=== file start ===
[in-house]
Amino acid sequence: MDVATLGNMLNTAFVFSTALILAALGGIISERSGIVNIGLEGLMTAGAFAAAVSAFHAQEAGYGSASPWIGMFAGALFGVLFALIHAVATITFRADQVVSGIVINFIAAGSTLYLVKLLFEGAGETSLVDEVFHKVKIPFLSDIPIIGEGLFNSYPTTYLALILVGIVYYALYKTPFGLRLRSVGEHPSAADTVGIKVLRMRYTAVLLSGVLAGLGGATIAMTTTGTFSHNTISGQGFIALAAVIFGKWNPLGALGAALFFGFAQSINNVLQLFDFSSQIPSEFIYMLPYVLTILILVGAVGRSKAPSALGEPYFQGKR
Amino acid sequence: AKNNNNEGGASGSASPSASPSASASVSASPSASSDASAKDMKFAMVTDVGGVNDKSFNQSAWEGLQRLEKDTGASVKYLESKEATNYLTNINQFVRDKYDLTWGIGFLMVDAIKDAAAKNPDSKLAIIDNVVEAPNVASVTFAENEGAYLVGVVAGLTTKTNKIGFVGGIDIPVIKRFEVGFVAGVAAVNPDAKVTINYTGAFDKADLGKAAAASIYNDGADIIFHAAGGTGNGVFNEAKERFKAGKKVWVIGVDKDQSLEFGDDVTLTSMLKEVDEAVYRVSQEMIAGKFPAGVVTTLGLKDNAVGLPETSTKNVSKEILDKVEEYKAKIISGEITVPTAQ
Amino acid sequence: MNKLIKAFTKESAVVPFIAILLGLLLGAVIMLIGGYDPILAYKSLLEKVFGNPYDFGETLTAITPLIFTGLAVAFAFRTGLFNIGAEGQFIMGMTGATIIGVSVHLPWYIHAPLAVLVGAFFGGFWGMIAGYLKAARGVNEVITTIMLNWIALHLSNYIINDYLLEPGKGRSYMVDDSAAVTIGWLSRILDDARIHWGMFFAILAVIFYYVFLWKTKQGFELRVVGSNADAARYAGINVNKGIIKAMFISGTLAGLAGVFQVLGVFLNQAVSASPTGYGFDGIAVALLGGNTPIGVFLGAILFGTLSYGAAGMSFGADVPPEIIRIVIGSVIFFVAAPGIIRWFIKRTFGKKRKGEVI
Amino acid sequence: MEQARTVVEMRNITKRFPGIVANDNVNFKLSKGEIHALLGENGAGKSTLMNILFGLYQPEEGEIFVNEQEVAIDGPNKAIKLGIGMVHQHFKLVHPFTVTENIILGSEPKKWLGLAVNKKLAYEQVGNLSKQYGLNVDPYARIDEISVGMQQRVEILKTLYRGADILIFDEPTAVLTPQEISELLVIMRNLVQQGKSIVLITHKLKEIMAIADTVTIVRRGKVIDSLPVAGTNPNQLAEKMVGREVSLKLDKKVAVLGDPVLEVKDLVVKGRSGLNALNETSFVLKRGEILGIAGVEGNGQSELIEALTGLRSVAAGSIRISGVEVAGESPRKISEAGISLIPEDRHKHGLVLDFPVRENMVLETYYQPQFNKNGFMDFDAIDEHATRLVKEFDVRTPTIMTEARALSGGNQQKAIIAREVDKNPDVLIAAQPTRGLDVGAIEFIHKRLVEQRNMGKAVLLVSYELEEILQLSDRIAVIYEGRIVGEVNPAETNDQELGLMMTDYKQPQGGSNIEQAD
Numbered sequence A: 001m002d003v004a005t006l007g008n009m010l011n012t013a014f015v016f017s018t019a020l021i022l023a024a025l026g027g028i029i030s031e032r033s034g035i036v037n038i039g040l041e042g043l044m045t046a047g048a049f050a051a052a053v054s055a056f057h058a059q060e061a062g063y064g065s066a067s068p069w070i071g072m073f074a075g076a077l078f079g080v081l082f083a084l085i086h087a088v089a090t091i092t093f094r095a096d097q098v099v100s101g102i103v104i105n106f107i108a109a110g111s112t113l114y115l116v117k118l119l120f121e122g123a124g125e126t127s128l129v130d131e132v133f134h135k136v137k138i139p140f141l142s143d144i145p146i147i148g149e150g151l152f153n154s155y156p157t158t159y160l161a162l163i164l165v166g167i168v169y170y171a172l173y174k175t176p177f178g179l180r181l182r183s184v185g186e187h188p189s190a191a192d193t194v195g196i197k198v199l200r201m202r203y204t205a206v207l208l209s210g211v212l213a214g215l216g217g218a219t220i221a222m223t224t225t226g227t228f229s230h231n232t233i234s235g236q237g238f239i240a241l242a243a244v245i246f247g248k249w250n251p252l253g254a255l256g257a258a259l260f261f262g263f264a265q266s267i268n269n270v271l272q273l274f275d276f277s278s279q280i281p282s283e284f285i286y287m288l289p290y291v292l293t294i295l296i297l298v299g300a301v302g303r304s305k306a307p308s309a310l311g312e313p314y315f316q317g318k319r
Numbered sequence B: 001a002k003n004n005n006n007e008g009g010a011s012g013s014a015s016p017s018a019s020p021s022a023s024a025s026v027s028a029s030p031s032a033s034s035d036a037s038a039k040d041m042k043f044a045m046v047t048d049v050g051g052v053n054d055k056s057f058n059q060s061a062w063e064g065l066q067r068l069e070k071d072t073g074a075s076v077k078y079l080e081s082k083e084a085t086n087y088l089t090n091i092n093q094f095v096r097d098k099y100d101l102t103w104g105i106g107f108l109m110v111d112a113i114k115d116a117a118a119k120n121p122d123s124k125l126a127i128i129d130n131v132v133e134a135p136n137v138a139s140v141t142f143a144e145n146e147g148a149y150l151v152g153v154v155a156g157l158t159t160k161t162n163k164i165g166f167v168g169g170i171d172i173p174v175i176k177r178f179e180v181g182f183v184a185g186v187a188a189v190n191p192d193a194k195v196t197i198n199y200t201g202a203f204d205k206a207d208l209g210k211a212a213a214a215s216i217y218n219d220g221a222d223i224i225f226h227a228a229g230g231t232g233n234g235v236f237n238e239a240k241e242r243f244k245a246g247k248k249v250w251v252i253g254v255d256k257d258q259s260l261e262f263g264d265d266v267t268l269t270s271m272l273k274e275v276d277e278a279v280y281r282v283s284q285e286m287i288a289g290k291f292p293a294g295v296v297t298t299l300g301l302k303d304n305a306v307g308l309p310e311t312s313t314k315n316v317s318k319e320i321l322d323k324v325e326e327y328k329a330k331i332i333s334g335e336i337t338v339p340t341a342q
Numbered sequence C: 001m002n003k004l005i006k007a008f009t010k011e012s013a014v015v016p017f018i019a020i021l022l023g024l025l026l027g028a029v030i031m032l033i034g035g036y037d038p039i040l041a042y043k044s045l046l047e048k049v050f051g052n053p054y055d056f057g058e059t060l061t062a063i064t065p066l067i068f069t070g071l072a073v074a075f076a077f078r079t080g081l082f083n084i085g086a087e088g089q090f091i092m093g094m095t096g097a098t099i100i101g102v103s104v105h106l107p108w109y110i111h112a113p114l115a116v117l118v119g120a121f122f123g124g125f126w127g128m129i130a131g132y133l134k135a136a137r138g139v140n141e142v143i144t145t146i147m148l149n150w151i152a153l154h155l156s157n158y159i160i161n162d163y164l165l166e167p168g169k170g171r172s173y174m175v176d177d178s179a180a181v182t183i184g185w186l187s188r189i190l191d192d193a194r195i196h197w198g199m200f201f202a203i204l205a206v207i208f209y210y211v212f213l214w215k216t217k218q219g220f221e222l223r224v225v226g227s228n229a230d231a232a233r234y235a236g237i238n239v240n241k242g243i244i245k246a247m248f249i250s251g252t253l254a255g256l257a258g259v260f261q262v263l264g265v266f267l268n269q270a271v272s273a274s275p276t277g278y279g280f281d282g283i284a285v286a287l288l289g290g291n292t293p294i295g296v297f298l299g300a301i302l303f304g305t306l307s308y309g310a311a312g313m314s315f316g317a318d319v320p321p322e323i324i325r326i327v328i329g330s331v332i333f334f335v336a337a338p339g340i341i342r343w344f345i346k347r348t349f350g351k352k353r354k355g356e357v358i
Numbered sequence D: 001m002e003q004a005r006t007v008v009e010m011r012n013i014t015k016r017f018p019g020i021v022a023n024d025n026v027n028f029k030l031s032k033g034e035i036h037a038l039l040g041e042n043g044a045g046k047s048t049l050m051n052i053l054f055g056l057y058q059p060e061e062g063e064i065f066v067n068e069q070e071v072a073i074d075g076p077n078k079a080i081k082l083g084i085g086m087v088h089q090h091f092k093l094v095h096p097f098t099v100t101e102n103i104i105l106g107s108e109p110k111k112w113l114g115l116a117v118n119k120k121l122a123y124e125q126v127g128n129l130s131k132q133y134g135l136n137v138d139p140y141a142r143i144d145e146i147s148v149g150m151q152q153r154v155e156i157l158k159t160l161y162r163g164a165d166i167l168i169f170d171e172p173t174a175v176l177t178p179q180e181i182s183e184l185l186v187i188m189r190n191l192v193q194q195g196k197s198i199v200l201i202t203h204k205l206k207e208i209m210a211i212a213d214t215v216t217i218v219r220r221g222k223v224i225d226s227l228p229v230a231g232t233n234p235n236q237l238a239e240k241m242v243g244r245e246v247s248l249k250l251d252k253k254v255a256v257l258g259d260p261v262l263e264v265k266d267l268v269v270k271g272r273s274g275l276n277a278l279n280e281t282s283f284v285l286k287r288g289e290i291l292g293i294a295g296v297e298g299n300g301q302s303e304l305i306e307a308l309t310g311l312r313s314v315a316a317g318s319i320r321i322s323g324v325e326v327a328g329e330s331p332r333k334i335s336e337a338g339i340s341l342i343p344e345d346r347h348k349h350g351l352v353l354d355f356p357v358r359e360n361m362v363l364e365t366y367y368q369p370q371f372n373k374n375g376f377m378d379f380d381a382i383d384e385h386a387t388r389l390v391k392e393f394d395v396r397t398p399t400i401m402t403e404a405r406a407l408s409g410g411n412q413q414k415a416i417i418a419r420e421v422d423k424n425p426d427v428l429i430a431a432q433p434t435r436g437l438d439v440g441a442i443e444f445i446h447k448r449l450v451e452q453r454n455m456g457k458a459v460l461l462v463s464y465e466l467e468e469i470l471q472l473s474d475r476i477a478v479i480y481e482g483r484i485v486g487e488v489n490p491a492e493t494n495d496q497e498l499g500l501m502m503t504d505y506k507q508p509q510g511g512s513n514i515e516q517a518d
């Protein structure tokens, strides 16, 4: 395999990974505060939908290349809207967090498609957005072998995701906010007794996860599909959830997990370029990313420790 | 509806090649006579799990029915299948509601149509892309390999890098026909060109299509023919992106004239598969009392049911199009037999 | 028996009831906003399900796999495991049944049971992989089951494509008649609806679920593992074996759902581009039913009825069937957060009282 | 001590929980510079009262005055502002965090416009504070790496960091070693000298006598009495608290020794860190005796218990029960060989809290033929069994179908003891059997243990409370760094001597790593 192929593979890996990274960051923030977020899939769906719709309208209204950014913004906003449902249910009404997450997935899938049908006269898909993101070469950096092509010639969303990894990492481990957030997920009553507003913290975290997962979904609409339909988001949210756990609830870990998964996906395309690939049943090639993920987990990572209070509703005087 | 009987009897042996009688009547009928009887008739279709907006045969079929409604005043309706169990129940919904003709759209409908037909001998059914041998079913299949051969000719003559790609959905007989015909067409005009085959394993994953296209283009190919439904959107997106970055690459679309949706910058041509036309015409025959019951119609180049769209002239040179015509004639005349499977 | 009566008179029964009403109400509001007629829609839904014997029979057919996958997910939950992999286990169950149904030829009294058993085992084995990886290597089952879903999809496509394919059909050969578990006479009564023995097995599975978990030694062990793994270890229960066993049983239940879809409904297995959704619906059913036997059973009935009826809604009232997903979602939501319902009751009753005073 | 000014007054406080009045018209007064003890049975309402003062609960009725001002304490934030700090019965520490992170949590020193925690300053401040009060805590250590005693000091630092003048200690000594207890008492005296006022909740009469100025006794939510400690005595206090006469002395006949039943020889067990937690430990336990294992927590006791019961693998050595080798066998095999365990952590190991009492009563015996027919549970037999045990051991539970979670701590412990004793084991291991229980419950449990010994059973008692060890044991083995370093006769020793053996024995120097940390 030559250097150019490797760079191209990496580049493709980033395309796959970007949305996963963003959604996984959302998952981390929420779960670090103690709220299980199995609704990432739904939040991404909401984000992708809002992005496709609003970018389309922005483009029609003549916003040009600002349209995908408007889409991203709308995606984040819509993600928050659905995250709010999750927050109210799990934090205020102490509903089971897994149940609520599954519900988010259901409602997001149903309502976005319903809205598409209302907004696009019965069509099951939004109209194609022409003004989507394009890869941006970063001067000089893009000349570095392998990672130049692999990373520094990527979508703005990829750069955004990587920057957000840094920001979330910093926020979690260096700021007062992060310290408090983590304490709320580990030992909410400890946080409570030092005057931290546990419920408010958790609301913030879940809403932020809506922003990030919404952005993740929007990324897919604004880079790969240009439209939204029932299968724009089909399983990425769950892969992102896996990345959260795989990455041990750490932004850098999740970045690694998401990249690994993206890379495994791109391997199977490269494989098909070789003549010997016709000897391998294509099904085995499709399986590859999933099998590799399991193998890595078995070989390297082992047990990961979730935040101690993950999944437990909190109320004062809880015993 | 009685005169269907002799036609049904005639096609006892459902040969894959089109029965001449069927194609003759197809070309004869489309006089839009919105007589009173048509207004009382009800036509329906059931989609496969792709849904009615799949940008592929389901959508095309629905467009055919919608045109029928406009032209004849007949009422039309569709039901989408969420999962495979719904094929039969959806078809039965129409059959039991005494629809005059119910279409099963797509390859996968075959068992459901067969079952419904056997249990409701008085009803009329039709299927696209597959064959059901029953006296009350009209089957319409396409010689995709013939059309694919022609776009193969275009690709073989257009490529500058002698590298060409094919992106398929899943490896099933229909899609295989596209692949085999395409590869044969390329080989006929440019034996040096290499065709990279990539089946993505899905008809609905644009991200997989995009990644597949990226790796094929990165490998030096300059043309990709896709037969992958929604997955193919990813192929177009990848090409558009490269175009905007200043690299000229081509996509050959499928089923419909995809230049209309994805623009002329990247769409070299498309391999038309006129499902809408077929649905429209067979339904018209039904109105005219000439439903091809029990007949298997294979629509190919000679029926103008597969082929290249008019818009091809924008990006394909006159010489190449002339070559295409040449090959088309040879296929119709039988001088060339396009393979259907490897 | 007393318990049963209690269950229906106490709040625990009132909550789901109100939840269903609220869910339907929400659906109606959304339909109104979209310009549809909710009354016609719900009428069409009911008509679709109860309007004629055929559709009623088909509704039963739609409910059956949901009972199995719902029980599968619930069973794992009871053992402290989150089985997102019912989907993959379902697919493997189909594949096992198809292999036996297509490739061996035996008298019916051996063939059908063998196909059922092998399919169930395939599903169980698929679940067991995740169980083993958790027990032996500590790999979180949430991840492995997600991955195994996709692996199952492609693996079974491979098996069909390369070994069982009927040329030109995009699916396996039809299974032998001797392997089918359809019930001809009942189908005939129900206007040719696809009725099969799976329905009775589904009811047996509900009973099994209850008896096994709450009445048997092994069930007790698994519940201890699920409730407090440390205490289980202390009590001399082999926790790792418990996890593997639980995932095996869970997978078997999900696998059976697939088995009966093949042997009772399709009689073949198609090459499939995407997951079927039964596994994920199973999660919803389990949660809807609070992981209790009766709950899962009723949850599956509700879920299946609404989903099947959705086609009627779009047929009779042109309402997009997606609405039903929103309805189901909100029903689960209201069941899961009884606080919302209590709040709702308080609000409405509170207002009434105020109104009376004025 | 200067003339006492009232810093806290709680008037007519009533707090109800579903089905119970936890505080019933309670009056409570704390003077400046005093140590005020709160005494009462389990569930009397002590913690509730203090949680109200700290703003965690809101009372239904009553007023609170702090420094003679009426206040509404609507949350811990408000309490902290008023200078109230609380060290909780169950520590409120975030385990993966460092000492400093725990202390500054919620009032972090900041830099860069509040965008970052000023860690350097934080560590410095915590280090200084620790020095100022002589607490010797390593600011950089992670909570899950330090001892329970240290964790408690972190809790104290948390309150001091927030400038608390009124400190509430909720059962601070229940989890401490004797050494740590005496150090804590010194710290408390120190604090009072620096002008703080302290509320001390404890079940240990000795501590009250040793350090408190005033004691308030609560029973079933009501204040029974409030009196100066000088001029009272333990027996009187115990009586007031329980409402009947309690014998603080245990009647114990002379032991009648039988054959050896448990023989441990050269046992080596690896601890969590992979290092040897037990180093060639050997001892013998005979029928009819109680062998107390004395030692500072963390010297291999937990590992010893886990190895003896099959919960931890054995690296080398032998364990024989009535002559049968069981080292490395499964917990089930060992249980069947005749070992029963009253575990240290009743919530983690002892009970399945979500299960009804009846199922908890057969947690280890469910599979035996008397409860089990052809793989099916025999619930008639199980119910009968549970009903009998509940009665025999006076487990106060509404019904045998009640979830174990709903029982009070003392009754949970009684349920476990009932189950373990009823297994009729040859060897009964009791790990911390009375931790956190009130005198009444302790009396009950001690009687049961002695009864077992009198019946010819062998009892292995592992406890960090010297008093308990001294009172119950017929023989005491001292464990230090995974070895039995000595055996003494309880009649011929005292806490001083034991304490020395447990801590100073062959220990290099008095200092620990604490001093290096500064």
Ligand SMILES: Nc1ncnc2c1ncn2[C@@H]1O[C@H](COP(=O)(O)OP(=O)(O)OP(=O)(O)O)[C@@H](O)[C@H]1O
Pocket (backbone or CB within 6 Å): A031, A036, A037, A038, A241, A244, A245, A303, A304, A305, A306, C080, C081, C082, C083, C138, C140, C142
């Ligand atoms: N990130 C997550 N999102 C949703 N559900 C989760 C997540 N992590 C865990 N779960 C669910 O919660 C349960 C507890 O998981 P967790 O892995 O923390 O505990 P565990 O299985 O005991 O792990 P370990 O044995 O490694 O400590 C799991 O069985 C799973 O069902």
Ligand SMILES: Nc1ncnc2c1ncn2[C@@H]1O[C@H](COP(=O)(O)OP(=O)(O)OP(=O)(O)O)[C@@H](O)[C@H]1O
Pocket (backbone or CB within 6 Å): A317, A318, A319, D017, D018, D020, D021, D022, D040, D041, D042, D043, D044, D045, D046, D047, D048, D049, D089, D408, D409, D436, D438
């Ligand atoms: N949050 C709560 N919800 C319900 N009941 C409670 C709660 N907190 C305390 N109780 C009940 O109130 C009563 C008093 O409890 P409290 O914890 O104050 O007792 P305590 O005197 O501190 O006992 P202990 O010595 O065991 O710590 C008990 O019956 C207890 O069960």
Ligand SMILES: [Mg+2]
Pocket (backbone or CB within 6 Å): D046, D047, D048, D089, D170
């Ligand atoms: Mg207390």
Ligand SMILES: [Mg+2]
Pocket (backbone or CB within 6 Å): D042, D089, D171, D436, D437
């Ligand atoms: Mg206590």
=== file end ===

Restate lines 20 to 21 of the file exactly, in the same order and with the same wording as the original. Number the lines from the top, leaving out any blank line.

Ligand SMILES: [Mg+2]
Pocket (backbone or CB within 6 Å): D042, D089, D171, D436, D437